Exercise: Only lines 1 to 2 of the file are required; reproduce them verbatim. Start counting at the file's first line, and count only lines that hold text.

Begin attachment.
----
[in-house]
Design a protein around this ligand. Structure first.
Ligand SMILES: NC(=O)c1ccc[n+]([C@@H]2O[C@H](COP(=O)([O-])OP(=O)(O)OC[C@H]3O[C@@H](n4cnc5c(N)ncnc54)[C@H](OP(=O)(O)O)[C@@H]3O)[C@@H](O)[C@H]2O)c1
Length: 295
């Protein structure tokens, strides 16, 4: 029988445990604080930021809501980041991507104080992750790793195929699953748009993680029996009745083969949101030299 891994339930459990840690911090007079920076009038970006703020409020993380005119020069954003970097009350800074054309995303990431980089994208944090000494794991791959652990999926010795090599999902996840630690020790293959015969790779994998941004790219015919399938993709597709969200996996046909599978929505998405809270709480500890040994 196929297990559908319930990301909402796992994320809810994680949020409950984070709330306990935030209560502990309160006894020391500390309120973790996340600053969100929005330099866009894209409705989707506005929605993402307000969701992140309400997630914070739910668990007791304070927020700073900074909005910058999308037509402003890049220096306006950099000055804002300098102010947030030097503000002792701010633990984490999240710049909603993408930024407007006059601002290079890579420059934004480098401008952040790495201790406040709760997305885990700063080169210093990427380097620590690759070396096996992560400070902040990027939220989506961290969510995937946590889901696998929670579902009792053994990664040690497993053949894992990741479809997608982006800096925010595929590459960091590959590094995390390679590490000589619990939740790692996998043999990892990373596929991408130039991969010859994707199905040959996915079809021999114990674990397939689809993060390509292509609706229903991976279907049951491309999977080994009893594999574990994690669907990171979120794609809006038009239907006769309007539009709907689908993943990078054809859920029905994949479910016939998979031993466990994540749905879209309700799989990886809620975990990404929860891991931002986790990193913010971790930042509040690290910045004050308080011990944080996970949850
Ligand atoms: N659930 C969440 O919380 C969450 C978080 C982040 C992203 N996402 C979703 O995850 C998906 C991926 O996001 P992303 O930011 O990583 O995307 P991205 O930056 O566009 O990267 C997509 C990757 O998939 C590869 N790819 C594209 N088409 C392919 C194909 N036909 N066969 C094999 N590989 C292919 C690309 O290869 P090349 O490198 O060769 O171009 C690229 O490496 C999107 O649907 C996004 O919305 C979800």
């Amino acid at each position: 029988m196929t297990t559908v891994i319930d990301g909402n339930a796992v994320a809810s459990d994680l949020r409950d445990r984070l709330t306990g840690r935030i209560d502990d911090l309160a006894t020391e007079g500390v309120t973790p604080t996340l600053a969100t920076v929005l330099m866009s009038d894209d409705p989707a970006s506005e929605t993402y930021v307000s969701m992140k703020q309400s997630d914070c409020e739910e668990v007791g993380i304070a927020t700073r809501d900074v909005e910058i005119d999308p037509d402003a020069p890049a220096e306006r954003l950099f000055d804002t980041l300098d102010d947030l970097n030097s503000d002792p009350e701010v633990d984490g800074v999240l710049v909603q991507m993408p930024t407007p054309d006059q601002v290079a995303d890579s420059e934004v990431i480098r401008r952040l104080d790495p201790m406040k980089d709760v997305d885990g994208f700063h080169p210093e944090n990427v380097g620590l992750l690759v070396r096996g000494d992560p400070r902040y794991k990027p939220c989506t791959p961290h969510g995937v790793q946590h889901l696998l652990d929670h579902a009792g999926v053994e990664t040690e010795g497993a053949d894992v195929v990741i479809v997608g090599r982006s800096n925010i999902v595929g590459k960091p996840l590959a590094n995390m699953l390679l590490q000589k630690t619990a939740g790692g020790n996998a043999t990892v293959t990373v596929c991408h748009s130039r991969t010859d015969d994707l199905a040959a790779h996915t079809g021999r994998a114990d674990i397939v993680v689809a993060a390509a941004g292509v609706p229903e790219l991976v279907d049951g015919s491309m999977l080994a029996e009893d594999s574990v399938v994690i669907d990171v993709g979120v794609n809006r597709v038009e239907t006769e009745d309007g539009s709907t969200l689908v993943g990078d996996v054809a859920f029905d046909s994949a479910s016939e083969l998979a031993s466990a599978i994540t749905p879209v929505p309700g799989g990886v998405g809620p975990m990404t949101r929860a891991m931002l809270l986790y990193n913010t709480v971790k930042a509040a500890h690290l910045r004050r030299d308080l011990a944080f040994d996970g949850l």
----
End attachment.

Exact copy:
[in-house]
Design a protein around this ligand. Structure first.